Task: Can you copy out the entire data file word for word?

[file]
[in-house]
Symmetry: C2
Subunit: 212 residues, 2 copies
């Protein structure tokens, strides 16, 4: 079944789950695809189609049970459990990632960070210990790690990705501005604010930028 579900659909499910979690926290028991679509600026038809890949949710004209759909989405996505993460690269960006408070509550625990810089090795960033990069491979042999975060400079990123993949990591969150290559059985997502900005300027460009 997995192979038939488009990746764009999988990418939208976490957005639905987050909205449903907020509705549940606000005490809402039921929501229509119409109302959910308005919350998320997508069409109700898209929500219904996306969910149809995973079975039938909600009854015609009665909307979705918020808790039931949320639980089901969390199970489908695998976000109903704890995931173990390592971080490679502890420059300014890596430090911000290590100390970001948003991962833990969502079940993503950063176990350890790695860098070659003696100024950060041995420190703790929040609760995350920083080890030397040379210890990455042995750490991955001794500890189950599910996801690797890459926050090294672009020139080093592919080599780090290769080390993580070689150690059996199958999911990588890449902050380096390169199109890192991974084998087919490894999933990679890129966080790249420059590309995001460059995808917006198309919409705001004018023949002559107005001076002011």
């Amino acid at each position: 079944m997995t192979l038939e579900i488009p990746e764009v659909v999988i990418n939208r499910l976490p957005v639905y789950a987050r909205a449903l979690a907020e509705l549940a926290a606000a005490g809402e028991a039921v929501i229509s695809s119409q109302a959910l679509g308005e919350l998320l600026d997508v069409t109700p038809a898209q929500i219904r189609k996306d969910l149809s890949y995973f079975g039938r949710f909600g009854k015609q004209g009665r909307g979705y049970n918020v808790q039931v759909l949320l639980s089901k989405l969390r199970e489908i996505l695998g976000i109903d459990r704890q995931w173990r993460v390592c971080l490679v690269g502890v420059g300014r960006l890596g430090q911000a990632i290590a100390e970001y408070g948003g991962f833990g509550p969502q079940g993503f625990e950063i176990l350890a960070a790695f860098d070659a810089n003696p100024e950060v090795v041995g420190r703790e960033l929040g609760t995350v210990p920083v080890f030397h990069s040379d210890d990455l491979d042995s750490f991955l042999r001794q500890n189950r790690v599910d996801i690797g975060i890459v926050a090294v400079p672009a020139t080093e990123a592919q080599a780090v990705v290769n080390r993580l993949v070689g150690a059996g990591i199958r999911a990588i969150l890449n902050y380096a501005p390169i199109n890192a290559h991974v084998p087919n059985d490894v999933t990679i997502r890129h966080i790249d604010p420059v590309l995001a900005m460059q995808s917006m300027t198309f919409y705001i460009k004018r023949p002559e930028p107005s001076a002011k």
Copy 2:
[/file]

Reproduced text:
[in-house]
Symmetry: C2
Subunit: 212 residues, 2 copies
């Protein structure tokens, strides 16, 4: 079944789950695809189609049970459990990632960070210990790690990705501005604010930028 579900659909499910979690926290028991679509600026038809890949949710004209759909989405996505993460690269960006408070509550625990810089090795960033990069491979042999975060400079990123993949990591969150290559059985997502900005300027460009 997995192979038939488009990746764009999988990418939208976490957005639905987050909205449903907020509705549940606000005490809402039921929501229509119409109302959910308005919350998320997508069409109700898209929500219904996306969910149809995973079975039938909600009854015609009665909307979705918020808790039931949320639980089901969390199970489908695998976000109903704890995931173990390592971080490679502890420059300014890596430090911000290590100390970001948003991962833990969502079940993503950063176990350890790695860098070659003696100024950060041995420190703790929040609760995350920083080890030397040379210890990455042995750490991955001794500890189950599910996801690797890459926050090294672009020139080093592919080599780090290769080390993580070689150690059996199958999911990588890449902050380096390169199109890192991974084998087919490894999933990679890129966080790249420059590309995001460059995808917006198309919409705001004018023949002559107005001076002011």
């Amino acid at each position: 079944m997995t192979l038939e579900i488009p990746e764009v659909v999988i990418n939208r499910l976490p957005v639905y789950a987050r909205a449903l979690a907020e509705l549940a926290a606000a005490g809402e028991a039921v929501i229509s695809s119409q109302a959910l679509g308005e919350l998320l600026d997508v069409t109700p038809a898209q929500i219904r189609k996306d969910l149809s890949y995973f079975g039938r949710f909600g009854k015609q004209g009665r909307g979705y049970n918020v808790q039931v759909l949320l639980s089901k989405l969390r199970e489908i996505l695998g976000i109903d459990r704890q995931w173990r993460v390592c971080l490679v690269g502890v420059g300014r960006l890596g430090q911000a990632i290590a100390e970001y408070g948003g991962f833990g509550p969502q079940g993503f625990e950063i176990l350890a960070a790695f860098d070659a810089n003696p100024e950060v090795v041995g420190r703790e960033l929040g609760t995350v210990p920083v080890f030397h990069s040379d210890d990455l491979d042995s750490f991955l042999r001794q500890n189950r790690v599910d996801i690797g975060i890459v926050a090294v400079p672009a020139t080093e990123a592919q080599a780090v990705v290769n080390r993580l993949v070689g150690a059996g990591i199958r999911a990588i969150l890449n902050y380096a501005p390169i199109n890192a290559h991974v084998p087919n059985d490894v999933t990679i997502r890129h966080i790249d604010p420059v590309l995001a900005m460059q995808s917006m300027t198309f919409y705001i460009k004018r023949p002559e930028p107005s001076a002011k």
Copy 2: